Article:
Digging into junk mail depths

We all want our friends to be better people. Stands to reason, innit.

And let's be utterly frank, most of my friends are already better people.

But a couple of them, well, more than a couple, well, just about all of them really, simply don't understand the beauty of junk mail.

I have written about this before in the hope they will see reason and evolve.

But they just haven't, and it's frustrating.

Do you think I enjoy ripping or even sandpapering off the No Junk Mail stickers from their letterboxes after they have entertained me with an evening of food, wine and thrilling conversation?

No, I don't.

Vandalism is abhorrent to me. But junk mail directs my every working day.

Were this big international TTP trade deal everyone is jumping up and down about - loved Jane Kelsey on Seven Sharp when she filleted the wretched Mike Hosking and his illiterate TPP assumptions - to ban junk mail, like they are digging their spades into everything else, then I would simply move countries.

Finland is my current choice.

A lady who works at the Moray Pl post office recently recommended Finland and I like what I am finding out about this vastly underrated little country.

But yes, junk mail moves my life forward even more than medication. Father's Day is almost upon us, just 19 days away, and the junk mail people have been razor sharp.

Last week's fat pile contained a very flirtatious and multi-coloured pamphlet from Supercheap Auto with the memorable Father's Day catch-cry - Give Dad What He Really Wants.

These people are true wordsmiths, brilliant people; our council would pay a marketing firm $25,000 for a slogan this good, nailing, as it does, in just six words, a huge pestilence of concern, indecision, wonder and confusion for the children and the father both.

So many children never address this question, what dad really wants. Do they think he really wants socks or scorched almonds or breakfast in bed?

I hate breakfast in bed.

There is no room for all my breakfast stuff - food, drink, reading material, medication, reading glasses and cellphone.

I need a table for all this; I cannot balance all that on two knees.

Only Cirque du Soleil acrobats can.


I now have two sock drawers because I have so many, though this is also because I don't keep them in pairs, so if I want to put on a pair of socks, I have to BUY a pair of socks.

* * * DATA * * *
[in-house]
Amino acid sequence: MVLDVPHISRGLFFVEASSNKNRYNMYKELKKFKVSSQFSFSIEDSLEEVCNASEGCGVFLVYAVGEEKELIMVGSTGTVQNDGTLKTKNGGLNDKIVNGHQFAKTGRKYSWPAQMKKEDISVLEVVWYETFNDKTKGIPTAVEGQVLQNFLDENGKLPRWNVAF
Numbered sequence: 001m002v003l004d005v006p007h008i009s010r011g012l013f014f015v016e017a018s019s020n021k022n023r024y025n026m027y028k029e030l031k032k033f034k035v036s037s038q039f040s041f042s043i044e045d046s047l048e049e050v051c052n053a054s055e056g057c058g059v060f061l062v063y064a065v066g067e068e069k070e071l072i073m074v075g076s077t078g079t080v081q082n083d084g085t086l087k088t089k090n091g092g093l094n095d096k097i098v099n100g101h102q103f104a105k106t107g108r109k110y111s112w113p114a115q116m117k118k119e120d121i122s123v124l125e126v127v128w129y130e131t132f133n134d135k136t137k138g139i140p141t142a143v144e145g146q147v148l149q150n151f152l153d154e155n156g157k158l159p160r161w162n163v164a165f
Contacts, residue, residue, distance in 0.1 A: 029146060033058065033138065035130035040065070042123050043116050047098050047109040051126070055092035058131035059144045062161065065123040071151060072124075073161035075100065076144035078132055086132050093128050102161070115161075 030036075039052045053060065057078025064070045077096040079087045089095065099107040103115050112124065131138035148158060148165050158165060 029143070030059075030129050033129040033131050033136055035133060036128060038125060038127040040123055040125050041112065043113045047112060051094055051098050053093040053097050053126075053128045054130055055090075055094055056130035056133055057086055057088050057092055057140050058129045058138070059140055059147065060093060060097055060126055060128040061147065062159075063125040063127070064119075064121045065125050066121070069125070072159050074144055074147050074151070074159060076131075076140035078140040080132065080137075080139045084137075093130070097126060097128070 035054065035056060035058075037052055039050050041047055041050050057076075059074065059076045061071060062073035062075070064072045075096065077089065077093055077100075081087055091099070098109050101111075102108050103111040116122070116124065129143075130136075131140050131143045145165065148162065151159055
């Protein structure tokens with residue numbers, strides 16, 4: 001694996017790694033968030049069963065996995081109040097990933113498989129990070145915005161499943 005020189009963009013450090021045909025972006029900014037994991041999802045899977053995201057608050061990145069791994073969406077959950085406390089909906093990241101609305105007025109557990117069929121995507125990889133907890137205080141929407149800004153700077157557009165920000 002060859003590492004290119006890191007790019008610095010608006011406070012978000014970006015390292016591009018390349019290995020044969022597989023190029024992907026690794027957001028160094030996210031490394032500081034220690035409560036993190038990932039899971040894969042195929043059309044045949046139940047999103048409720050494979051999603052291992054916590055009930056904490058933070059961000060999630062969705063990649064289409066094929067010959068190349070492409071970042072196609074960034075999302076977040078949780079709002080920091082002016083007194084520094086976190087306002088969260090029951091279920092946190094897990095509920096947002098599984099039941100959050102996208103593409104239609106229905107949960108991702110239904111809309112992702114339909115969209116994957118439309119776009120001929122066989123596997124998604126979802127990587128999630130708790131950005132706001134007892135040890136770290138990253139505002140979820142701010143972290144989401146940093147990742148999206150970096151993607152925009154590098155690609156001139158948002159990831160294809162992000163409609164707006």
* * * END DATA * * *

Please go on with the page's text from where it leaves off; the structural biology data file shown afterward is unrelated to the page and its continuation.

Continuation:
Last week I bought five pairs from The Warehouse for $10.

That, Jimmy, is a bargain.

Scorched almonds?

Now we're being silly.

What I wanted for Father's Day this year was a new sound system for the Toyota Ist, currently inadequafied by a factory unit, no highs, no dynamics, no GUTS, which makes AC/DC sound like Michael Buble.

And as always, junk mail came to the rescue.

The Supercheap Auto pamphlet visits my letterbox most weeks and I must confess I rarely read their deals because I am not a car person.

Cars to me is the band I quite liked between 1978 and 1980.

But while idly flicking through this particular allure of junk mail, I happened upon some almost illegally seductive deals in head units and speakers, audio enhancement that would hopefully turn my eardrums into woodchips.

This is actually a very long story involving my travelling first to online sites and then other Dunedin retailers to see how the deals compared and being lied to, sent to the wrong competitor and quoted the wrong amount, and finally ordering shatteringly good speakers from Auckland that instantly became out of stock.

I am still waiting for the promised refund. In the end, ironically, I didn't even go to Supercheap Auto, though clearly my final purchase - JBL three-way speakers that can crack glass! - emanated from junk mail.

And, you'll be wanting to know, best AC/DC testing tracks?

Dirty Deeds Done Cheap and You Shook Me.

The new system makes it sound like the band are playing in the back seat. With Phil Rudd.

Now I've just got to get the cash off the children.

• Roy Colbert is a Dunedin writer.

Add a Comment

Our journalists are your neighbours

We are the South's eyes and ears in crucial council meetings, at court hearings, on the sidelines of sporting events and on the frontline of breaking news.

As our region faces uncharted waters in the wake of a global pandemic, Otago Daily Times continues to bring you local stories that matter.

We employ local journalists and photographers to tell your stories, as other outlets cut local coverage in favour of stories told out of Auckland, Wellington and Christchurch.

You can help us continue to bring you local news you can trust by becoming a supporter.

Become a Supporter